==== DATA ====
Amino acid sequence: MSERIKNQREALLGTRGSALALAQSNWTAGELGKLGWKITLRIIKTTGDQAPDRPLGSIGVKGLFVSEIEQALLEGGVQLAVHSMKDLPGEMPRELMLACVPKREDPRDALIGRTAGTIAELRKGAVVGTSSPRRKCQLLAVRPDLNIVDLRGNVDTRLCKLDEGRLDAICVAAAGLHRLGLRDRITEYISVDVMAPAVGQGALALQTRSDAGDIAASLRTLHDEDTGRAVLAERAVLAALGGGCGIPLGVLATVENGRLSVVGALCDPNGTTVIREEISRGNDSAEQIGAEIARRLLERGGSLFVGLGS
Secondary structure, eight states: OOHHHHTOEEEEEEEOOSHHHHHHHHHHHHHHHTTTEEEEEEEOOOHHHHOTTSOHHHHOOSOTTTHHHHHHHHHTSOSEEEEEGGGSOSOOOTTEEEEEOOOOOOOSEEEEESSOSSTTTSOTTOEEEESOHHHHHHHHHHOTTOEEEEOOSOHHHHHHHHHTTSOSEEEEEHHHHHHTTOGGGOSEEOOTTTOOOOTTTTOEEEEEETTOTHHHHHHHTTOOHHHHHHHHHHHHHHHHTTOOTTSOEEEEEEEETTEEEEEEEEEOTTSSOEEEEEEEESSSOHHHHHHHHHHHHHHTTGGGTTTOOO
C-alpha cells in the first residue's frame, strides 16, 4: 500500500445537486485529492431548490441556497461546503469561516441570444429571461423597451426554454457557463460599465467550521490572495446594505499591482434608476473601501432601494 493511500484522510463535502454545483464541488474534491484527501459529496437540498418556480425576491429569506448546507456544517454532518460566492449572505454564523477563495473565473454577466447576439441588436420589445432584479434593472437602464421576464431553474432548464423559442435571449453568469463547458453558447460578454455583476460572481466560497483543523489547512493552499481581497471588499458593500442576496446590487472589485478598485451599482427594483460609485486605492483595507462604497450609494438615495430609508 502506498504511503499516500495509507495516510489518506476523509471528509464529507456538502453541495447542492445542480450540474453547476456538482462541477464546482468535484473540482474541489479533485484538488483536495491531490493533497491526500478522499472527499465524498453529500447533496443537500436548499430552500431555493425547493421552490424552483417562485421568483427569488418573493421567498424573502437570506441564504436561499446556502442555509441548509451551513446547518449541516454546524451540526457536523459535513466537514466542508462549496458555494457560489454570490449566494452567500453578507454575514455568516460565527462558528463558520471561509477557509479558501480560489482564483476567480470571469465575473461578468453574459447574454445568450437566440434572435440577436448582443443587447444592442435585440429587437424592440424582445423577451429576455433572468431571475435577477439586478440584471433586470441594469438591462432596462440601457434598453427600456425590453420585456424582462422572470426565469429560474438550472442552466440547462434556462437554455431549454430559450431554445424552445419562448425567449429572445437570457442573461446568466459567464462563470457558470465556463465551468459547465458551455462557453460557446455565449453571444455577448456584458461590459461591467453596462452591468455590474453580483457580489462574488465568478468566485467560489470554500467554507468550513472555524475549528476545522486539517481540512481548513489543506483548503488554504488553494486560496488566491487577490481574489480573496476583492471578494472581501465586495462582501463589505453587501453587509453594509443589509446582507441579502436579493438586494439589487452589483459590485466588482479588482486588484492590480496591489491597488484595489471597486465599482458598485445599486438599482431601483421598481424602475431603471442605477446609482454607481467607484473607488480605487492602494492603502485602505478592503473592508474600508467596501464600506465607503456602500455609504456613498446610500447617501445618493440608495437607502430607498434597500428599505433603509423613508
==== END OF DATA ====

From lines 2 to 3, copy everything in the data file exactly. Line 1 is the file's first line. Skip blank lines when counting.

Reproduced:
Secondary structure, eight states: OOHHHHTOEEEEEEEOOSHHHHHHHHHHHHHHHTTTEEEEEEEOOOHHHHOTTSOHHHHOOSOTTTHHHHHHHHHTSOSEEEEEGGGSOSOOOTTEEEEEOOOOOOOSEEEEESSOSSTTTSOTTOEEEESOHHHHHHHHHHOTTOEEEEOOSOHHHHHHHHHTTSOSEEEEEHHHHHHTTOGGGOSEEOOTTTOOOOTTTTOEEEEEETTOTHHHHHHHTTOOHHHHHHHHHHHHHHHHTTOOTTSOEEEEEEEETTEEEEEEEEEOTTSSOEEEEEEEESSSOHHHHHHHHHHHHHHTTGGGTTTOOO
C-alpha cells in the first residue's frame, strides 16, 4: 500500500445537486485529492431548490441556497461546503469561516441570444429571461423597451426554454457557463460599465467550521490572495446594505499591482434608476473601501432601494 493511500484522510463535502454545483464541488474534491484527501459529496437540498418556480425576491429569506448546507456544517454532518460566492449572505454564523477563495473565473454577466447576439441588436420589445432584479434593472437602464421576464431553474432548464423559442435571449453568469463547458453558447460578454455583476460572481466560497483543523489547512493552499481581497471588499458593500442576496446590487472589485478598485451599482427594483460609485486605492483595507462604497450609494438615495430609508 502506498504511503499516500495509507495516510489518506476523509471528509464529507456538502453541495447542492445542480450540474453547476456538482462541477464546482468535484473540482474541489479533485484538488483536495491531490493533497491526500478522499472527499465524498453529500447533496443537500436548499430552500431555493425547493421552490424552483417562485421568483427569488418573493421567498424573502437570506441564504436561499446556502442555509441548509451551513446547518449541516454546524451540526457536523459535513466537514466542508462549496458555494457560489454570490449566494452567500453578507454575514455568516460565527462558528463558520471561509477557509479558501480560489482564483476567480470571469465575473461578468453574459447574454445568450437566440434572435440577436448582443443587447444592442435585440429587437424592440424582445423577451429576455433572468431571475435577477439586478440584471433586470441594469438591462432596462440601457434598453427600456425590453420585456424582462422572470426565469429560474438550472442552466440547462434556462437554455431549454430559450431554445424552445419562448425567449429572445437570457442573461446568466459567464462563470457558470465556463465551468459547465458551455462557453460557446455565449453571444455577448456584458461590459461591467453596462452591468455590474453580483457580489462574488465568478468566485467560489470554500467554507468550513472555524475549528476545522486539517481540512481548513489543506483548503488554504488553494486560496488566491487577490481574489480573496476583492471578494472581501465586495462582501463589505453587501453587509453594509443589509446582507441579502436579493438586494439589487452589483459590485466588482479588482486588484492590480496591489491597488484595489471597486465599482458598485445599486438599482431601483421598481424602475431603471442605477446609482454607481467607484473607488480605487492602494492603502485602505478592503473592508474600508467596501464600506465607503456602500455609504456613498446610500447617501445618493440608495437607502430607498434597500428599505433603509423613508